Stuck at the Airport? Six Tips to Survive Winter Delays and Cancellations

 

Stuck at the Airport? Six Tips to Survive Winter Delays and Cancellations

Getting stuck at an airport because of winter weather flight delays and cancellations is never pleasant. But you can make it much less of a hassle by following these six tried and true tips.

Previously we’ve covered what to do before you leave your house if winter weather looks like it may mess with your flight. Now, let’s turn to the less fun topic: what to do if you get stranded at the airport during a winter weather delay. Roughly 1 in 4 delayed flights are caused by weather during the winter months according to the Bureau of Transportation Services (BTS), so if you’re flying when storms are brewing, expect delays and even cancellations. 

So, given that winter weather flight delays and cancellations are just about inevitable, what should you do when they happen to you? Here’s our top 6 tips on how you can make flight cancellations and delays more bearable:

  1. Maximize Your Chances of Being Helped by Customer Service
  2. Know What the Airline Owes You
  3. Find a Lounge
  4. Get Comfortable
  5. Be Kind 
  6. Take a Carry-On Bag 

Tip One: Maximize Your Chances of Being Helped by Customer Service  

Knack’s founder, Chad Mellen, has visited over 50 countries and flown millions of miles (and living in the Northeast, a lot of these trips took place during winter). So he shared these nuggets about how he deals with long delays or cancellations while at the airport.

“When my flight is delayed, I immediately get in line at the gate and call the airline's customer service at the same time. If I get to the front of the line before I can get the person on the phone to help me, I hang up.

If I am flying on an airline where I have no status, I call the international customer service line, as they usually do not have the same level of call volume during widespread weather delays as domestic customer service.

If I’m really not getting love from anyone, I will DM the airline on FB or Twitter talking about what is going on.

Finally, if my flight gets canceled or delayed to the next day, before I call the airline to rebook, I call to book a room at the airport hotel and get an Uber (if I have to book a hotel away from the airport). I’ve learned the hard way that hundreds of people are about to look for a hotel and transportation as soon as they work out their new flights with airline customer service so it’s easy to get stranded at the airport. Also, I find it's much easier dealing with airline customer service on the phone in my hotel room than in line at the airport.”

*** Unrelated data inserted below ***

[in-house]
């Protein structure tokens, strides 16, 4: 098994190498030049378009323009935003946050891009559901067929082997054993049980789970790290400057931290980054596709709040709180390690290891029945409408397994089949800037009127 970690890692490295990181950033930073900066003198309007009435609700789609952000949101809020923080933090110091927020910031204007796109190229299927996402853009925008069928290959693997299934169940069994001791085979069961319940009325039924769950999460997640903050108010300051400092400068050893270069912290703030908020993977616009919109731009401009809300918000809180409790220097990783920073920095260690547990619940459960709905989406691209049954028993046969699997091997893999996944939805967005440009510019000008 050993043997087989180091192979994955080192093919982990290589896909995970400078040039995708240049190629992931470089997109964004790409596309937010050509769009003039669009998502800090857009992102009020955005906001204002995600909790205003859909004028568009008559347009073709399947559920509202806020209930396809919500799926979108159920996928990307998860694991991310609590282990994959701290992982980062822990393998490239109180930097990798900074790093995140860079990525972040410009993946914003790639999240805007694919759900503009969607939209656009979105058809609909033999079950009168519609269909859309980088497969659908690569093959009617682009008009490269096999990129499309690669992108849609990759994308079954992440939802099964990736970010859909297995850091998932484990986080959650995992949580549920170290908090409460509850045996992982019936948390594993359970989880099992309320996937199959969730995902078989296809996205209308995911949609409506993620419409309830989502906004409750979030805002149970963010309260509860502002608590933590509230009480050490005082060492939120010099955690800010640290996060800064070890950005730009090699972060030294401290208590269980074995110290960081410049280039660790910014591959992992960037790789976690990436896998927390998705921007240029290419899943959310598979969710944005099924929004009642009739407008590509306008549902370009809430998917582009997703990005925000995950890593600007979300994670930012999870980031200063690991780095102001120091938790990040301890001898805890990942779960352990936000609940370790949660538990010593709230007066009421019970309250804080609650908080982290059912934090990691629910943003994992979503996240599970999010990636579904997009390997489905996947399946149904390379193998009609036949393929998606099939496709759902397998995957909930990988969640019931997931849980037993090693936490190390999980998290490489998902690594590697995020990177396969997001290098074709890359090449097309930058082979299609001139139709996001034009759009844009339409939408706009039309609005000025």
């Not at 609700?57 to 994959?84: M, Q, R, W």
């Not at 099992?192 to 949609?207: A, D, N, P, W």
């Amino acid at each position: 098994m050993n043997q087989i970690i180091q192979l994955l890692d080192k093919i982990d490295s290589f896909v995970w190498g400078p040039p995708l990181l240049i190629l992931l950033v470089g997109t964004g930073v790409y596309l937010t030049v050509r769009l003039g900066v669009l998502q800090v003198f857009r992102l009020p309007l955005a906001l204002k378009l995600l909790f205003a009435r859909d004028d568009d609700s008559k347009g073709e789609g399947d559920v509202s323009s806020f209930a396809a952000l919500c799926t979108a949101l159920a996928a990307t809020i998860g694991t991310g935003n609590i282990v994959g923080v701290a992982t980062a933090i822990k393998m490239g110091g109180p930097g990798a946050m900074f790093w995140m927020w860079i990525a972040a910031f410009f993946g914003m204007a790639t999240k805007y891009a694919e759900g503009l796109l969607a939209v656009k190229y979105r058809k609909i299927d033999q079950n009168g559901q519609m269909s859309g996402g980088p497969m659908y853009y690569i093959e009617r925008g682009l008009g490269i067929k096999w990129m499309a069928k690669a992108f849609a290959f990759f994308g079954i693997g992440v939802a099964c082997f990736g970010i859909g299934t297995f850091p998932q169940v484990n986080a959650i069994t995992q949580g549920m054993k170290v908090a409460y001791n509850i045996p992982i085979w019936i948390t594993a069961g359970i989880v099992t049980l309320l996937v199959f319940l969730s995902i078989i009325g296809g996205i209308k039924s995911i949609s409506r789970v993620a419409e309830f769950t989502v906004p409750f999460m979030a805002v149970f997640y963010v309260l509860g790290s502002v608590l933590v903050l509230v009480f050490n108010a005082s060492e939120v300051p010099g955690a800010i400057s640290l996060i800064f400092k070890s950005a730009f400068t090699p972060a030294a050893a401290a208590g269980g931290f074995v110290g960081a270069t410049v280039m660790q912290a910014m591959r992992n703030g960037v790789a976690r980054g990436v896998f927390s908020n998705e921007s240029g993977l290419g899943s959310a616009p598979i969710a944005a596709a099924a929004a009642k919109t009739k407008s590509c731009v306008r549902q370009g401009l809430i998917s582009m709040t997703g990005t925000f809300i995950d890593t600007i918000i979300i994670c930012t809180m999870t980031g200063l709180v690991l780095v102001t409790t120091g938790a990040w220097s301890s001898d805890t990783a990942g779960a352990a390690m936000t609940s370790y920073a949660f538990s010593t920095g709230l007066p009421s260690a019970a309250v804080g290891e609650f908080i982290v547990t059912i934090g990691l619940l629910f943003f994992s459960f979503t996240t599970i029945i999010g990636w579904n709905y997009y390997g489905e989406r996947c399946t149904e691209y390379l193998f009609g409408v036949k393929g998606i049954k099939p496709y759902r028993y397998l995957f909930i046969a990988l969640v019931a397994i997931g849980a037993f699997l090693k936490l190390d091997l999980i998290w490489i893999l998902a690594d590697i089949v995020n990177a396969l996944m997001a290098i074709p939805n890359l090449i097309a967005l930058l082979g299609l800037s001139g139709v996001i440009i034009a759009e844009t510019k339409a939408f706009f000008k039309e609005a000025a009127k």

Tip Two: Know What the Airline Owes You

According to the TSA, don’t accept less than the full price of your ticket for reimbursement from the airline if your flight gets canceled. This is true even if the tickets are ‘nonrefundable.’ 

If the delay or cancelation is caused by an act of God (like weather) you could be on your own for lodging. The Department of Transportation has this to say about canceled flights and hotels:

“Airlines are not required to provide passengers with money or other compensation [including  a hotel room, cab fare, a food voucher, or reimbursement for any other non-airline ticket costs] for costs that fall outside of the canceled airline ticket and fees tied directly to the airline ticket (such as baggage fees, seat upgrades, etc.) when flights are canceled.”

The airline might help, but it doesn’t have to, so don’t count on it; especially if a whole plane (or a whole airport) is trying to get hotel rooms. Here’s an exact breakdown of the different winter weather flight circumstances and the legal requirements for airlines when there are delays or cancellations.

Tip Three: Find A Lounge 

Airport lounges are often forgotten during the hectic rescheduling and plane shuffling that occurs during a winter weather flight delay. Although usually the domain of frequent fliers and Business/First Class travelers, lounges can be a lifesaver for the rest of us too. 

First realize that there are two types of airport lounges: those associated with airlines (like American Airlines’ Admirals Club) and truly independent lounges like Plaza Premium Lounges. To make matters a bit more confusing, there are also networks of airport lounges, like Priority Pass, that provide access to both airline and independent lounges.